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Some Kids I Have Known
In Memory

April 2, 2007

The day has been sunny and pleasant. A soft breeze across our hill side is heavy with the fragrance of blooming fruit trees. Now the sudden cool of an Oklahoma evening wrapped itself around us. We hurry out the door in our Sunday duds that were remnants of better times and no one seemed to complain. Was this a speaking of maturity something like the whisper of silk clothing blowing in the wind? Youth and vanity were apparently no longer the lance of purpose for our gathering ourselves together with mutual believers to remember the memorial of our Savior’s death and resurrection.

The chugging of the car with its hit and miss performance was enough to distract a saint and I was almost in tears before we finally arrived at our place of worship which was quite on the other side of town. Times and changes were upon all of civilization and we were recipients of this lifestyle.

Early on the establishments of buildings were of micro size to accommodate a small number of worshipers in one congregation. Growth gave no appreciation for the pioneer days when everything was close, comfortable and united giving greater knowledge of one another’s trials, happy moments, or anything tied to life and living.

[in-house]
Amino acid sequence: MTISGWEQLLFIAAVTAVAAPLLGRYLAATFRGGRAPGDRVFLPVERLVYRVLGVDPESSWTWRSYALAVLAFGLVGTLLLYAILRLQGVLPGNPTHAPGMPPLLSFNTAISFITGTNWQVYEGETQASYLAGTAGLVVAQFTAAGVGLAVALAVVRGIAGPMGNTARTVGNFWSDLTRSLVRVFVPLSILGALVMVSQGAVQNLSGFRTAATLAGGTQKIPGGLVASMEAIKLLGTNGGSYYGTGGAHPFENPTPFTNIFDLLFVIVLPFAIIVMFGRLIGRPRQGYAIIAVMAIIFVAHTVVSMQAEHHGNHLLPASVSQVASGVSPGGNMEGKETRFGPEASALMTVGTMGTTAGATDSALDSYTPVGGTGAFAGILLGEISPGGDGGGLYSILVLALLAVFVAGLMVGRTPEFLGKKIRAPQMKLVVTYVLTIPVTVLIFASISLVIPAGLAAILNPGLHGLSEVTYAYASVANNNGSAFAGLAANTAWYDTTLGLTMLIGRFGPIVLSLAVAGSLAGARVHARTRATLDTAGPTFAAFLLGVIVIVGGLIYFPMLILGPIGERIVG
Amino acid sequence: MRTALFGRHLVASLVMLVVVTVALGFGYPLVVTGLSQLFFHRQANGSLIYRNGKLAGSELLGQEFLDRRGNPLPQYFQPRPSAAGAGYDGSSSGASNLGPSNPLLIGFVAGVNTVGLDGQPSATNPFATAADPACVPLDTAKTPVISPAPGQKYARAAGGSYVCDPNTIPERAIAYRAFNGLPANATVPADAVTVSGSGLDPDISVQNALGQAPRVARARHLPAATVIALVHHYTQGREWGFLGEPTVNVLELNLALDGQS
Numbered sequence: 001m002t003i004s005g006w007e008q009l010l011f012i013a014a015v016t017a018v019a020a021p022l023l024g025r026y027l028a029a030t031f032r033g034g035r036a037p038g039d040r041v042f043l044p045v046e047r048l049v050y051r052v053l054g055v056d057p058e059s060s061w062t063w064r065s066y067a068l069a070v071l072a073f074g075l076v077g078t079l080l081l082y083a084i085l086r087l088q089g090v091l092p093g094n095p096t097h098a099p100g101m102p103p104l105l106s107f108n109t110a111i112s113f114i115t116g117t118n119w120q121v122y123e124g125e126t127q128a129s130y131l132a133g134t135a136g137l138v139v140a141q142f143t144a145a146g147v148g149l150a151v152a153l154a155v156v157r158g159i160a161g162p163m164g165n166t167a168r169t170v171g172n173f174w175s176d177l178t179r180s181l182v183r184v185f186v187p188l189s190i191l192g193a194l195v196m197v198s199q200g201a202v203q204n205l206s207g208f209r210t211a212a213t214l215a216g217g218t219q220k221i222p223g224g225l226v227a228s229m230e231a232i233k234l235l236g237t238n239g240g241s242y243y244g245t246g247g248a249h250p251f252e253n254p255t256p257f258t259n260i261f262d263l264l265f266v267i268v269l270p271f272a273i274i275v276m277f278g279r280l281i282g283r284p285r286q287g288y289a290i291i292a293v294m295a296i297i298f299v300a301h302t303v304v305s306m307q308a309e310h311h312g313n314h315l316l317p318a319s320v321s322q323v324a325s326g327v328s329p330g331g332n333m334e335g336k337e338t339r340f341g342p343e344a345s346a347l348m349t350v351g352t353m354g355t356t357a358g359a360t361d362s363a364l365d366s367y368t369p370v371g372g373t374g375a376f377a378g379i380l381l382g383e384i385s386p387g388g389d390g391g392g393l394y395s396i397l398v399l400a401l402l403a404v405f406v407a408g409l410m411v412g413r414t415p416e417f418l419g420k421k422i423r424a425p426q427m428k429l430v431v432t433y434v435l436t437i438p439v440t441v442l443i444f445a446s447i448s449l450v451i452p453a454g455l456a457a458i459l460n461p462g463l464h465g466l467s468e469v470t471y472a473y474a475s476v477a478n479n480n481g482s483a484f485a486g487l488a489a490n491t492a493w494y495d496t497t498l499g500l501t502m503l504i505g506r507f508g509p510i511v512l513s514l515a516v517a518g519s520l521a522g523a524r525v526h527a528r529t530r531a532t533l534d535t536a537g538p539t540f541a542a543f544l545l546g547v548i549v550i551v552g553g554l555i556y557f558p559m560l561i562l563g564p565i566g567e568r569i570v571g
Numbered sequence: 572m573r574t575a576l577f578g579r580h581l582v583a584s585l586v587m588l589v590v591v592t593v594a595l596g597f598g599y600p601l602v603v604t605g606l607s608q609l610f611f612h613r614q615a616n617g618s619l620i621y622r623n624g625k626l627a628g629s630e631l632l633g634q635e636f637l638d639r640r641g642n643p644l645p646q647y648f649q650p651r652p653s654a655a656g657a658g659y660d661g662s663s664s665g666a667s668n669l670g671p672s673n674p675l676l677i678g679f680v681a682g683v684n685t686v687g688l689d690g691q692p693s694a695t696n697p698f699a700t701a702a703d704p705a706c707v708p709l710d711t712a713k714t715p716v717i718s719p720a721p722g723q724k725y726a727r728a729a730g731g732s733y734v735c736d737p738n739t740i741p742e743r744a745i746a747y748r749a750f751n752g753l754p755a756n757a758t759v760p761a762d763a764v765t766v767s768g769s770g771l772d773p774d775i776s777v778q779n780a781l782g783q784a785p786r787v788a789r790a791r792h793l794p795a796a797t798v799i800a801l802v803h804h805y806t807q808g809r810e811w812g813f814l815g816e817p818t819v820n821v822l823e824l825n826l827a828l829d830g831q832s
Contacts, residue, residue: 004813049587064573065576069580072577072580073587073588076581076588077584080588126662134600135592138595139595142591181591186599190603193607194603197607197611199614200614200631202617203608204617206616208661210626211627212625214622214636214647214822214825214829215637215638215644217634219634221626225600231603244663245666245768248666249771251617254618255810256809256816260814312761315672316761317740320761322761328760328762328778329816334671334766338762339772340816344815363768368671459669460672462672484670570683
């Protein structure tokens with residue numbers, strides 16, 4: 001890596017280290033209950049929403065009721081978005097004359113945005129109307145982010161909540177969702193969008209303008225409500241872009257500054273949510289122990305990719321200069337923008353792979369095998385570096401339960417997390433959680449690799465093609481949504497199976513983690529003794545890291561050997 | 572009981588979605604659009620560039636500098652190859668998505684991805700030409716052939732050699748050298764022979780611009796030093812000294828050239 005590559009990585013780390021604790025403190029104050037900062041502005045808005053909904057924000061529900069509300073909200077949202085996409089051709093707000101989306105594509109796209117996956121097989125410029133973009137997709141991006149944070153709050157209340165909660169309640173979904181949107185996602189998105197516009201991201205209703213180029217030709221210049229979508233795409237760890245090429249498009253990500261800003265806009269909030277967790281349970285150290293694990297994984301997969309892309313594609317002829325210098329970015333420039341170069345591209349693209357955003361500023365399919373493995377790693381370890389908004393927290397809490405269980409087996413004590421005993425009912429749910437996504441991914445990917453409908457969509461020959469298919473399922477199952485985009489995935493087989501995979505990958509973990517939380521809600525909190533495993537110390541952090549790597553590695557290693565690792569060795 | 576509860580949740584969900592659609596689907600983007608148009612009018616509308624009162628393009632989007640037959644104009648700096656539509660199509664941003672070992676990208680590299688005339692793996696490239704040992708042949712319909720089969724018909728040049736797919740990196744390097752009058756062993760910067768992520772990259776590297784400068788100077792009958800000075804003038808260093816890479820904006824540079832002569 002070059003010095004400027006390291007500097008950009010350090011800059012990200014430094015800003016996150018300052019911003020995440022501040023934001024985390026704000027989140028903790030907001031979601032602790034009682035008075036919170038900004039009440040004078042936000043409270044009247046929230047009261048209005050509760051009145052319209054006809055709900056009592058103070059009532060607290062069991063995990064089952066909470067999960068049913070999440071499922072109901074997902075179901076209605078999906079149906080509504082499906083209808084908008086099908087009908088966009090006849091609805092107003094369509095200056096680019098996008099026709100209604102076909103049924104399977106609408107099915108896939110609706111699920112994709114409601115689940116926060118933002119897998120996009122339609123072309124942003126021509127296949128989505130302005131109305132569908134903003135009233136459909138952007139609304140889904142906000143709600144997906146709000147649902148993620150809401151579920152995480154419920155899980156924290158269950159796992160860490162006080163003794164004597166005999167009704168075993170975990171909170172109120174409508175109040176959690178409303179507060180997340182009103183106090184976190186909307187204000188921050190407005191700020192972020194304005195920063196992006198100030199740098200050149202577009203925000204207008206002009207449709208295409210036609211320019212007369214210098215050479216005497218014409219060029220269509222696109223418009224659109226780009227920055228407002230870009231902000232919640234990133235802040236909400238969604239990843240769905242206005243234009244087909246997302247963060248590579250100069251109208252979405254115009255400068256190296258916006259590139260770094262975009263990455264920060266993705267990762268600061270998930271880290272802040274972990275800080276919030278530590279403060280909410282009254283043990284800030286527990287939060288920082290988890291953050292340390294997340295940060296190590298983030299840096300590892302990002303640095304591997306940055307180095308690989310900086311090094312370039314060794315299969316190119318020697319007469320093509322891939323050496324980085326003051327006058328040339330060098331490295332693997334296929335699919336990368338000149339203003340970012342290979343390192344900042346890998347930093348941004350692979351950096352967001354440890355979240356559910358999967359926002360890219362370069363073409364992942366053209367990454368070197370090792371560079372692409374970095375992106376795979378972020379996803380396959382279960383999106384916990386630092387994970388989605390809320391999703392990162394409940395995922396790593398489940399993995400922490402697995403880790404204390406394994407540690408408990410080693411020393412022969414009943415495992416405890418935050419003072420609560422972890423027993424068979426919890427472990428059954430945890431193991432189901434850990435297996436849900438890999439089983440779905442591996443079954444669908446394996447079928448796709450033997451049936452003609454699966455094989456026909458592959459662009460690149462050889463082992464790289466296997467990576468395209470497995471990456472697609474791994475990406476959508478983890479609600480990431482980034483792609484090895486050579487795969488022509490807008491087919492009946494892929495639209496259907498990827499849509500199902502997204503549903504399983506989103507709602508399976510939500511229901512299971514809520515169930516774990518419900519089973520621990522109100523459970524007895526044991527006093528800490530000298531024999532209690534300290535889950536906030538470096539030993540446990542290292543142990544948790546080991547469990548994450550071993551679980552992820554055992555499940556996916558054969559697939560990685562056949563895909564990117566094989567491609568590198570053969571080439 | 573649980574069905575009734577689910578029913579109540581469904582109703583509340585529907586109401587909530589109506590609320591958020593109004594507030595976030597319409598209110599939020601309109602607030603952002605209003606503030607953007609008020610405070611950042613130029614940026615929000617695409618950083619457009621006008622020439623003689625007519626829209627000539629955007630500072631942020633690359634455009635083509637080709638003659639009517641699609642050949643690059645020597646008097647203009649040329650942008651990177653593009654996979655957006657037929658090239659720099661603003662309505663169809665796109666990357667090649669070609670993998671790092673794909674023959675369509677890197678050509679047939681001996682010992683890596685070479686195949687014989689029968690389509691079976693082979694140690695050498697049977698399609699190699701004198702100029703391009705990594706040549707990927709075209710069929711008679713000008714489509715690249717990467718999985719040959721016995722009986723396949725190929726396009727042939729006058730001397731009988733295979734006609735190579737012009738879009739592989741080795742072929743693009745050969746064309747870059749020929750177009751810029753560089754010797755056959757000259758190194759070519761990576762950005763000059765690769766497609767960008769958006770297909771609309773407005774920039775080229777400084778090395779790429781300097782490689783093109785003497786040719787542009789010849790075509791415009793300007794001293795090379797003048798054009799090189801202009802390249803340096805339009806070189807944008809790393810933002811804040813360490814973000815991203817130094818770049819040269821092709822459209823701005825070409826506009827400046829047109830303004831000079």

This evening saw a packed building of enough numbers to serve at least two hundred worshipers. There were bright, clean little girls in fluffy spring dresses, young mothers with sweet babies draped over their
shoulders and friends we knew from our own youth.

The speaker was a maturing gentleman I remembered as a sweet boy with a mischievous grin and way. This determined gentleman looking back out at the audience was a far cry from the child I had in my mind. He spoke gently and echoed our thoughts of reverence and thankfulness for a Savior who had given his life for us who were imperfect and somehow it brought peace to all of us.

The wine passed before us and the bloom of its fragrance was indeed a symbol of Greater forces. Pieces of the unleavened bread spoke as well of deeper meaning while our own bodies struggle through every challenge.

Later in the parking lot of Wendy’s my daughter Rhonda commented.

“Well, Mom, we made if for one more year.”

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